The winner of the global Dream Chemistry Award competition this year is Dr. Eric Daniel Glowacki from the Linköping University. The Scientific Committee awarding the prize praised the laureate's project on catalysts for the production of clean energy from the hydrogen peroxide.
In the Dream Chemistry Award 2018 (DCA), organized by leading scientific institutions in Poland and the Czech Republic with the honorary support of the world's greatest chemists, the international jury awarded the main prize to Dr. Eric Daniel Glowacki from the Linköping University in Linköping, Sweden. The honourable distinction was awarded on the last day of the final, which was held in Warsaw this year on 3-4th December. The DCA competition, initiated in 2013 by the Institute of Physical Chemistry of the Polish Academy of Sciences (IPC PAS) in Warsaw, is currently organized in cooperation with the Institute of Organic Chemistry and Biochemistry of the Czech Academy of Sciences (IOCB Prague) and alternates between Warsaw and Prague.
“The Dream Chemistry Award is unique. In contrast to other awards, we do not award it for a specific achievement, but for a scientific project that is bold, visionary, and waiting for implementation. This is an award for researchers who are not afraid of dreaming and they pursue their dreams not for themselves, but for the world to become a slightly better place for all of us. This unique scientific passion, one of the most important factors driving the development of civilization, was clearly visible in the presentations of this year's finalists,” say Professors Robert Holyst (IPC PAS) and Pavel Jungwirth (IOCB Prague), coordinators of the competition.
Dr. Glowacki, the winner of the DCA 2018, received the statuette and 10,000 euros for his project Abundant organic catalysts for a peroxide clean energy cycle. The main idea here is the generation and storage of clean energy using hydrogen peroxide.
“Hydrogen peroxide, H2O2, has been used as a rocket fuel for decades. My dream is about something different: about the development of abundant catalysts that would allow us – in effective, cheap and safe ways – to produce, store, and release energy using hydrogen peroxide,” says Dr. Glowacki and explains: “Like its cousin fuel H2, H2O2 enables a carbon-free energy cycle. However, H2O2 exists as a stable liquid, which will not require compression as the gas H2 does. The possibility of using H2O2 as a self-contained energy currency has long been postulated, but catalytic materials that allow conversion of hydrogen peroxide in a useful way have not been available. Addressing this problem is core chemical concept of my dream – to chemically-tailor materials to make the hydrogen peroxide energy cycle possible”.
Dr. Glowacki is the author of 56 scientific papers cited nearly 2600 times. He studied at the University of Rochester, USA, received his doctorate in 2013 at the Johannes Kepler University with a thesis on technical chemistry. He is mainly engaged in bioelectronics, supramolecular chemistry and crystal engineering. He collaborates with research groups from Japan, the United States, Italy, Croatia, Germany and Poland. He is a native speaker in Polish and English, speaks both Russian and German fluently, as well as speaking Czech.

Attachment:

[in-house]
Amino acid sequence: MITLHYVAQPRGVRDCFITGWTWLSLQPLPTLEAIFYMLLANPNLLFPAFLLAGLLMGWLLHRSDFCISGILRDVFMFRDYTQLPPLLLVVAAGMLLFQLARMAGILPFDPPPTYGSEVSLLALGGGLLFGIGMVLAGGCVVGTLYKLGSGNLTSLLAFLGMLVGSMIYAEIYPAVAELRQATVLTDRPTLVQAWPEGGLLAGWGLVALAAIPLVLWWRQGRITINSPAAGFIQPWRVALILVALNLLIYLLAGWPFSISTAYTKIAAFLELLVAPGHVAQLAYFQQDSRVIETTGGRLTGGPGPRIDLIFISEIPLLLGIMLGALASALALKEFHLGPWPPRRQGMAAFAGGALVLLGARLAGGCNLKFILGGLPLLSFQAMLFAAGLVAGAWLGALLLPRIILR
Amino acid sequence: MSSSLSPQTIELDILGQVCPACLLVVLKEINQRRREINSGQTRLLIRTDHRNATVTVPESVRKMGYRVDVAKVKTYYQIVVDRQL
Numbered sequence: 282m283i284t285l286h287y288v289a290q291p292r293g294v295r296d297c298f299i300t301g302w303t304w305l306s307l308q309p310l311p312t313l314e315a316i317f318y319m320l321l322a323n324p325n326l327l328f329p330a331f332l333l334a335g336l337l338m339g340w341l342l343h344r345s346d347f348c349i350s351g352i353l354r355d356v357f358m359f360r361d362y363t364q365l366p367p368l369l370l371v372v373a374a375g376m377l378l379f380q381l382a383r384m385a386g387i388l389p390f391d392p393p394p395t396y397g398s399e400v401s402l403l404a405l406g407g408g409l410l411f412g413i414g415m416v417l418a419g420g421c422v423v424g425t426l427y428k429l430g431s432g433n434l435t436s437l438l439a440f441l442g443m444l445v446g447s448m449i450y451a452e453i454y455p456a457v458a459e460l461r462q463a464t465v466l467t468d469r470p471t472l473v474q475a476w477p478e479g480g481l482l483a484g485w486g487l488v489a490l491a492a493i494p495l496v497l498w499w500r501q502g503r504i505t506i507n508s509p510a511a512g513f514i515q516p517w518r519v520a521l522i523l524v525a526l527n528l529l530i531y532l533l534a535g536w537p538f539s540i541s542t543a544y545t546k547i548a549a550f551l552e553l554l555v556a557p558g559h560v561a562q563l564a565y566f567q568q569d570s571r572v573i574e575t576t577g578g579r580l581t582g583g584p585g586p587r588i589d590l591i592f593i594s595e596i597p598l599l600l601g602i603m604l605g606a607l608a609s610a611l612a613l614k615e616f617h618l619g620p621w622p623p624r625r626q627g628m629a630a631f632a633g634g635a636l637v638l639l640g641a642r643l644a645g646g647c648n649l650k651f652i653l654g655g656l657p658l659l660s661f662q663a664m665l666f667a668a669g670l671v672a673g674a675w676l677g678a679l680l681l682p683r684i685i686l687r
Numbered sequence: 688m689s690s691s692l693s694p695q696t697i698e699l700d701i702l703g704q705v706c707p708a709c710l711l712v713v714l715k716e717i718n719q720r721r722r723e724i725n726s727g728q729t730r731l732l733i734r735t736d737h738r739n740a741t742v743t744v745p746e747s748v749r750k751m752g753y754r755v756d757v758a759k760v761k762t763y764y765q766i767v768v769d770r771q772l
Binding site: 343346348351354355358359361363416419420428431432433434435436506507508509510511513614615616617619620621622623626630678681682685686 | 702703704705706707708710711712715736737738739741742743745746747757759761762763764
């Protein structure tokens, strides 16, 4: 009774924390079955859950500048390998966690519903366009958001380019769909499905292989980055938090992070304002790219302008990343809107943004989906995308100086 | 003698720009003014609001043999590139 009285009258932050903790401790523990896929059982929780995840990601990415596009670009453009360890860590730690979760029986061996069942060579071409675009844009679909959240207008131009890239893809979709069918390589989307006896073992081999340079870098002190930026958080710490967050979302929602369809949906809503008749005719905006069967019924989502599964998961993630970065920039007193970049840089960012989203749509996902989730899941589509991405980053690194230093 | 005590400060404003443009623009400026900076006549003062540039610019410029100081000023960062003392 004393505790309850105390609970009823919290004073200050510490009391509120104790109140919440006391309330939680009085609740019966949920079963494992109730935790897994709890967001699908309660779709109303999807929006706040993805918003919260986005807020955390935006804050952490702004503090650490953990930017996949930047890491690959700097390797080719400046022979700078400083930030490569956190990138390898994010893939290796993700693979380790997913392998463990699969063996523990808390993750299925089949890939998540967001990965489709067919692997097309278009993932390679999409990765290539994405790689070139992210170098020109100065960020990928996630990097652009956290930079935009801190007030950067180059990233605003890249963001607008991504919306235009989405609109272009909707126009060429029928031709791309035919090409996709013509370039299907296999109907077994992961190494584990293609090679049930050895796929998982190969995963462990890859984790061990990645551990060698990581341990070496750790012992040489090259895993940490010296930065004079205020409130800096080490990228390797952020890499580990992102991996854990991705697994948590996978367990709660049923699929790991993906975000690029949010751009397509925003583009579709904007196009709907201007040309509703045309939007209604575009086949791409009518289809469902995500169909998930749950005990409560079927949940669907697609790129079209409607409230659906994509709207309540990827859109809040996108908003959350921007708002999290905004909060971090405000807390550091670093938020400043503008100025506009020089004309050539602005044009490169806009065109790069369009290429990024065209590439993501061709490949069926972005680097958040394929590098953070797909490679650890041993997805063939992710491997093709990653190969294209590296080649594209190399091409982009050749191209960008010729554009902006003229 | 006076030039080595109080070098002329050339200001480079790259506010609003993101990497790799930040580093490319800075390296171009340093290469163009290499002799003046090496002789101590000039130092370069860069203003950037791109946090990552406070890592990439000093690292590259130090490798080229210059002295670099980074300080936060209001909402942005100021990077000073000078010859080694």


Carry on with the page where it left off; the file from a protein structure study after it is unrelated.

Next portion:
The “Top 5” group of finalists included also Lorenzo Albertazzi from Eindhoven University of Technology in the Netherlands (project Can we replace cellular enzymes with artificial ones?), Jeremy Luterbacher from Ecole Polytechnique Federale de Lausanne in Switzerland (From plants to green chemicals: breakthrough processes using chemical functionalization), Michael Saliba from the University of Fribourg in Switzerland (Stable and efficient perovskite solar cells via polyelemental, multicomponent combinatorial engineering) and Alex Shalek of the Massachusetts Institute of Technology in the USA (Novel chemical probes for spatially-resolved, single-cell profiling of tumors to identify new therapeutically actionable mechanisms of immune evasion).
Scientists who are under 37 years of age and who obtained their PhD no more than 8 years ago are eligible to compete for the Dream Chemistry Award. A condition for accepting the application is the nomination of a candidate by a researcher with a PhD or higher and at least 10 years of experience in science/natural science. The decision on the award is made by the Scientific Committee composed of a dozen or so professors of the best Polish scientific institutions specializing in chemistry, physics, biology, medicine and materials engineering. The Honorary Committee of the Dream Chemistry Award competition includes the following renowned chemists: the Nobel Prize winner Professor Richard Schrock (MIT), Professor Krzysztof Matyjaszewski (Carnegie Mellon University), Professor Josef Michl (University of Colorado Boulder and IOCB Prague) and Professor Bartosz Grzybowski (Uslan National Institute of Science and Technology and IOC PAS).
Last year's DCA prize, awarded in Prague, was won by Dr. Jessica R. Kramer from the University of Utah, USA, for a project devoted to the development of new methods and tools for studying changes in the structure of glycocalyx, the oligosaccharide layer covering cell membranes. A better understanding of its impact on the development of cancer cells would give the opportunity to develop new anti-cancer therapies.
More details about the competition can be found at www.dreamchemistryaward.org.